United Nations Universal Declaration of Human Rights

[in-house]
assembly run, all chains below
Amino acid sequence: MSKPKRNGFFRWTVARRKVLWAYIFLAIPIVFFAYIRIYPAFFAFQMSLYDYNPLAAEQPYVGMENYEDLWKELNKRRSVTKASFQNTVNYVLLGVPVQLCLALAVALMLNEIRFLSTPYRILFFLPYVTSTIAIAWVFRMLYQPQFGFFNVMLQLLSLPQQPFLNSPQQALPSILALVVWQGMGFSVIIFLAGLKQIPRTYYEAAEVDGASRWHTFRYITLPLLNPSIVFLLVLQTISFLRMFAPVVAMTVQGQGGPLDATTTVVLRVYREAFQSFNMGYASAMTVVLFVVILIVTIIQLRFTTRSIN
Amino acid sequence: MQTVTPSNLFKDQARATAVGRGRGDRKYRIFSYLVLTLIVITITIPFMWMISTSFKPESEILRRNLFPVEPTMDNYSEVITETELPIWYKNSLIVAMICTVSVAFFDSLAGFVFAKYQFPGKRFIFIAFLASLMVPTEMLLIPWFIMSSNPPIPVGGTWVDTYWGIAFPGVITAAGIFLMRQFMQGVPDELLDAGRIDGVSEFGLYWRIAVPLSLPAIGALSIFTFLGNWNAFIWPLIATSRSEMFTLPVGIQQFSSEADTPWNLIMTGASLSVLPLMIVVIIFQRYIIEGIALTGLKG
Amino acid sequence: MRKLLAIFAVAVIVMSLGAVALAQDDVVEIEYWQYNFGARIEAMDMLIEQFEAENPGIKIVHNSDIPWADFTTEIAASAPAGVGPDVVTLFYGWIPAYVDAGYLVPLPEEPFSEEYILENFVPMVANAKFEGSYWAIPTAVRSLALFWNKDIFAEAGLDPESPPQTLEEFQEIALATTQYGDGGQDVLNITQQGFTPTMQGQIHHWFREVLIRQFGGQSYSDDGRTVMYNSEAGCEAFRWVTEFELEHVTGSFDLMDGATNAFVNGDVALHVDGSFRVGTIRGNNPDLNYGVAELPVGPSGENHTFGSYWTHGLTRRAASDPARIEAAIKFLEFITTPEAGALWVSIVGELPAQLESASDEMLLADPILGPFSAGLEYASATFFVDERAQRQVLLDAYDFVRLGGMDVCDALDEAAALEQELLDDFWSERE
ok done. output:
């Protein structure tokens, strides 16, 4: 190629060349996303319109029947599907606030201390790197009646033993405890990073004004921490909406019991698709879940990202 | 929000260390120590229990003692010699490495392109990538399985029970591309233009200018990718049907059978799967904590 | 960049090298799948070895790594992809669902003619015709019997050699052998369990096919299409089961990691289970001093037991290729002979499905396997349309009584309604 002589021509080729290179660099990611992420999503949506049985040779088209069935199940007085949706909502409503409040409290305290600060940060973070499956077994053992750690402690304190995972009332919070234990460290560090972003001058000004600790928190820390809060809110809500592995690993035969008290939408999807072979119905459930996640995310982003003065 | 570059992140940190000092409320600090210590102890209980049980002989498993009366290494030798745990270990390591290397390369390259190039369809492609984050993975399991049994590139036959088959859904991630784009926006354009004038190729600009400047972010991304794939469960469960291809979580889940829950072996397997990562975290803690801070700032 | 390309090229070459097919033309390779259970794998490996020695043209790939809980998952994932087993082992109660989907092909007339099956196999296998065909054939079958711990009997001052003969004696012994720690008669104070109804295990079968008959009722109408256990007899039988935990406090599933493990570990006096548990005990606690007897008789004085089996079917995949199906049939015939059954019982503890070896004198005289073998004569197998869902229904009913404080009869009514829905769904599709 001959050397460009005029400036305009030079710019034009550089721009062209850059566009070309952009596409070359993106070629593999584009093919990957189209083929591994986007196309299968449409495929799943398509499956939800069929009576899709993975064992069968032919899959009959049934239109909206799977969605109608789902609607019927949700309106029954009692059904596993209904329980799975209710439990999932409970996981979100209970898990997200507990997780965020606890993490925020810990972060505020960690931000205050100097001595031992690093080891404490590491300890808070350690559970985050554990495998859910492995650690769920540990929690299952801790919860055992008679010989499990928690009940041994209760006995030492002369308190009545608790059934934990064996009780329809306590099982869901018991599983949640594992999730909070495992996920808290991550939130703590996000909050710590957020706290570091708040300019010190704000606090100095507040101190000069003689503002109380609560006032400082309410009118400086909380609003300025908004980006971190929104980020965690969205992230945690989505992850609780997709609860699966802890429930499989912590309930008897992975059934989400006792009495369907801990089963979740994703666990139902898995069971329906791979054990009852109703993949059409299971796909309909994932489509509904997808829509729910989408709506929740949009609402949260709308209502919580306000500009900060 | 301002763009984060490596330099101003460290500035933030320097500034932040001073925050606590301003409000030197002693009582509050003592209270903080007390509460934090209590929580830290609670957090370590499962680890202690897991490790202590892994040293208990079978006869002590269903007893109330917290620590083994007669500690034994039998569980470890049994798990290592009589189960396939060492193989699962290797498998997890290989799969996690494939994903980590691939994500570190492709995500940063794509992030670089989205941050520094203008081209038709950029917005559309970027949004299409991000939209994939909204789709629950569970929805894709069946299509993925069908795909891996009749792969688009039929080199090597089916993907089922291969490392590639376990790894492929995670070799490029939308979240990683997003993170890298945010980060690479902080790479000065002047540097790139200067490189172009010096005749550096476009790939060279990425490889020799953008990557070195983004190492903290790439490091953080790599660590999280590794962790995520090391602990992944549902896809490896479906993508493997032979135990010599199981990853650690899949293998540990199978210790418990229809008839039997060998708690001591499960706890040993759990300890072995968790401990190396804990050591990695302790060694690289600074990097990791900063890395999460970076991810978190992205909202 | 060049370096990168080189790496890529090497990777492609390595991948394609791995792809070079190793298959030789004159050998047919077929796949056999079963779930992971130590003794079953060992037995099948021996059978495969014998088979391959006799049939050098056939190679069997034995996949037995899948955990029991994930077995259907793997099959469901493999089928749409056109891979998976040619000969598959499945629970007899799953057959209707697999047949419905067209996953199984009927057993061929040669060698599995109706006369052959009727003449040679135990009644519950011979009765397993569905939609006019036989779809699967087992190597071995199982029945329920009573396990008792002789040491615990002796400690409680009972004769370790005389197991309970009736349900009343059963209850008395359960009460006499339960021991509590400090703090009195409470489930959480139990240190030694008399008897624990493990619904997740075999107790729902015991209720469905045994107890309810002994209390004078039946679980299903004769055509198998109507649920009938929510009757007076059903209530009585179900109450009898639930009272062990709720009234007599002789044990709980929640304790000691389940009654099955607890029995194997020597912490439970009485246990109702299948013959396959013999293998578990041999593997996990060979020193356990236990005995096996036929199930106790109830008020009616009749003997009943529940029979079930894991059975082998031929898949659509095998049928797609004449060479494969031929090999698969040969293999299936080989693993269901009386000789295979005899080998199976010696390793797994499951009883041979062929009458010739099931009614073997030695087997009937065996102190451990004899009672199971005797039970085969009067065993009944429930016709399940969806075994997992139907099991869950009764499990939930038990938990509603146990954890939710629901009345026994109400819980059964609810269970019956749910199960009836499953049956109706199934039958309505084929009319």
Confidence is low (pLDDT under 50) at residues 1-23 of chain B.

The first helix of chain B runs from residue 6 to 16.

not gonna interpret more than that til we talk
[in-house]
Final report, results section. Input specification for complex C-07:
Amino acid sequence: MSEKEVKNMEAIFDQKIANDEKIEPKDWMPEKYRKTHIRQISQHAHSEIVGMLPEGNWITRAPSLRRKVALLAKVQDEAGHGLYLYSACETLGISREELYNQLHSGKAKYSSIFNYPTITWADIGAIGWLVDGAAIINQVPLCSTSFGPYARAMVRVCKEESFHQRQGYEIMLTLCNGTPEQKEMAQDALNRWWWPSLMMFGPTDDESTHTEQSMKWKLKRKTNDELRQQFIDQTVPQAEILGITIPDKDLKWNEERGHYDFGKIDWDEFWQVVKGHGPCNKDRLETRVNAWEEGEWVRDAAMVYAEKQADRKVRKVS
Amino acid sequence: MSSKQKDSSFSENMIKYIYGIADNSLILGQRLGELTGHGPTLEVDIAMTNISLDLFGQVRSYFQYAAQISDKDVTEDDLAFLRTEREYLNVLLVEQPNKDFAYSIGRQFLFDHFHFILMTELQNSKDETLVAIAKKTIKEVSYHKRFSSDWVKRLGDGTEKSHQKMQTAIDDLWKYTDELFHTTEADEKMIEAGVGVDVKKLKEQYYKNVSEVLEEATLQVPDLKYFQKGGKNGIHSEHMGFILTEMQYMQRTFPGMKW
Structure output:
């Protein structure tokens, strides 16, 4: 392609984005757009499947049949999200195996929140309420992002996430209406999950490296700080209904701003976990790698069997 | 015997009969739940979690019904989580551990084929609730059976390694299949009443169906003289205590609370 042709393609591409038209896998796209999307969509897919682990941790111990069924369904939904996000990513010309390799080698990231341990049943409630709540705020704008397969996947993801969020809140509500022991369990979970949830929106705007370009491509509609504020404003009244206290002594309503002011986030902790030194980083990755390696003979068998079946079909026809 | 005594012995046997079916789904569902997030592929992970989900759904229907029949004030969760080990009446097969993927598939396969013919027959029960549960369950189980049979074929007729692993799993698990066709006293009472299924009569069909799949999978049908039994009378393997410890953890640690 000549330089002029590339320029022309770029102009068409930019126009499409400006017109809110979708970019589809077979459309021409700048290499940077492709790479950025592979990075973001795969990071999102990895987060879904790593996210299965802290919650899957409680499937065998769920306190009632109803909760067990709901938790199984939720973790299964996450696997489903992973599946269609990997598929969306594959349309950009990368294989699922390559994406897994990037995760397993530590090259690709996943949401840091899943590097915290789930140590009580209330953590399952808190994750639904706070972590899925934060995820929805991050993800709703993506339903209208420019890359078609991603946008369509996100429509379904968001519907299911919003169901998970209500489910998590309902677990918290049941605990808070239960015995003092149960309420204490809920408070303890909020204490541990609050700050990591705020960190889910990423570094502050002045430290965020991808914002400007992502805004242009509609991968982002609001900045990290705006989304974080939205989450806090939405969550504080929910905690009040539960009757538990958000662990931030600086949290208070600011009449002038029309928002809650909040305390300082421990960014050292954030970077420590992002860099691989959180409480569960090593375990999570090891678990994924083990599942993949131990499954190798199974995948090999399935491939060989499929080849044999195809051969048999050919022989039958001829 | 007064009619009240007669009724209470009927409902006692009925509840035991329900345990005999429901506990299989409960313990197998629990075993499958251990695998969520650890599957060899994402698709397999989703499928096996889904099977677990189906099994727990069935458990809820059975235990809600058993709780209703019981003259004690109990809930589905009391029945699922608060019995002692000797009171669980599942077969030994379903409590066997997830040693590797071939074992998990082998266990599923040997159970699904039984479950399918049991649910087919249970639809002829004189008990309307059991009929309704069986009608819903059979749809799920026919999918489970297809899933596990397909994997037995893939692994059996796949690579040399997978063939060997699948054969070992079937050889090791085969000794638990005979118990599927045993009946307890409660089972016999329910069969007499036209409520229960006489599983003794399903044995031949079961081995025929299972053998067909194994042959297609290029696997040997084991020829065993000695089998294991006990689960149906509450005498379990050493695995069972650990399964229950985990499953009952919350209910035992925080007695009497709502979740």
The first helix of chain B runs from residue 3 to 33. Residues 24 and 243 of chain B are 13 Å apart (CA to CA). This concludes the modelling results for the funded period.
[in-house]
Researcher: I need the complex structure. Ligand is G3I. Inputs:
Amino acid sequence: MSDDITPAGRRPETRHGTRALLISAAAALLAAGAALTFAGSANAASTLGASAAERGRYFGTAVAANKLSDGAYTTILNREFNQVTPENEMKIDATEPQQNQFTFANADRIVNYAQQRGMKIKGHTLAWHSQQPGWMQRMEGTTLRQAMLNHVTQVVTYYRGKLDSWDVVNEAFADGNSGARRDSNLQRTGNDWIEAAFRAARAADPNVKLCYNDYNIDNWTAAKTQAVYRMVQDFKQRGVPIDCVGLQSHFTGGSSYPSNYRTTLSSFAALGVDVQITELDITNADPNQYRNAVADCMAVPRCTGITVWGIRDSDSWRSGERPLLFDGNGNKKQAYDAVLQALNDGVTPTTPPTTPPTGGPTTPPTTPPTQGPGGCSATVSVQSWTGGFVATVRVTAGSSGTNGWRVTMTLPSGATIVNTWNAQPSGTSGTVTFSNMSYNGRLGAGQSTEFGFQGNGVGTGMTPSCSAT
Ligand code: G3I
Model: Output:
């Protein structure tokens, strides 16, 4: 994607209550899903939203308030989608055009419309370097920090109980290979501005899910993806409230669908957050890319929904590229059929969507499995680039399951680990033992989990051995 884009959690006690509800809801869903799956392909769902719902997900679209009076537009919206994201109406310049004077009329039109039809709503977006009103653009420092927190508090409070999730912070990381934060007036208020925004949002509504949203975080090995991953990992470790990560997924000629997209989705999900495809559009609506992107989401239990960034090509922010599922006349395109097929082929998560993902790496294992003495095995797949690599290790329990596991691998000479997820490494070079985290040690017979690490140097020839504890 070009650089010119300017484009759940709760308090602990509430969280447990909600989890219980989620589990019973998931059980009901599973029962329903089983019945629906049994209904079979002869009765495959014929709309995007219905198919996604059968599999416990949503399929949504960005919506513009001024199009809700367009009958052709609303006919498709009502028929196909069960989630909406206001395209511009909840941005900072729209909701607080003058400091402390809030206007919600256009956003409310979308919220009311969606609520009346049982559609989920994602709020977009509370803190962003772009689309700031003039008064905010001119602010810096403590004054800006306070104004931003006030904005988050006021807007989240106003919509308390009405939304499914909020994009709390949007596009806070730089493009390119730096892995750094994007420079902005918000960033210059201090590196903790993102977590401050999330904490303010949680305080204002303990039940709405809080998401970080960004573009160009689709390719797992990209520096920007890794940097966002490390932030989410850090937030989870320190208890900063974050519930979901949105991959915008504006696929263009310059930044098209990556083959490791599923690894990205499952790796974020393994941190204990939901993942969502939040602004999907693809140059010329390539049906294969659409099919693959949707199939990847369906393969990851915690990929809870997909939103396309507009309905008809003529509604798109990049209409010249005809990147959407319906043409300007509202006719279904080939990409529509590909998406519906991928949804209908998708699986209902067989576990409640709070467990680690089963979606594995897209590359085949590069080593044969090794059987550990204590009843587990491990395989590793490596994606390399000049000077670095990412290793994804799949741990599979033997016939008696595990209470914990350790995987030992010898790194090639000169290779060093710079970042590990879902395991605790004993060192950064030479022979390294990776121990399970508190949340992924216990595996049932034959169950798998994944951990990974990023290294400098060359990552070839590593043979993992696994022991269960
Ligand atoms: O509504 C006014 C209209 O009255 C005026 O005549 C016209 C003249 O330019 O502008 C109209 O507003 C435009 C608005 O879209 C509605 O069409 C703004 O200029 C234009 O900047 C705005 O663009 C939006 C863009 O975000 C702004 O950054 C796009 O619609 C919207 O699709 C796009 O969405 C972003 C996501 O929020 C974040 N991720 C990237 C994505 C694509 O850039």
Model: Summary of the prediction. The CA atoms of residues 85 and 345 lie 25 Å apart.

The Universal Declaration of Human Rights (UDHR) is the foundation of the international system of protection for human rights and was adopted by the United Nations General Assembly on December 10, 1948. This day is celebrated annually as International Human Rights Day. The 30 articles of the UDHR establish the civil, political, economic, social, and cultural rights of all people. It is a vision for human dignity that transcends political boundaries and authority, committing governments to uphold the fundamental rights of each person. The UDHR helps guide Amnesty International's work. We also use these principles to help us define human rights and the issues we relentlessly fight for. Human rights are basic rights and freedoms that all people are entitled to regardless of nationality, sex, national or ethnic origin, race, religion, language, or other status. Human rights include civil and political rights, such as the right to life, liberty and freedom of expression; and social, cultural and economic rights including the right to participate in culture, the right to food, and the right to work and receive an education. Human rights are protected and upheld by international and national laws and treaties.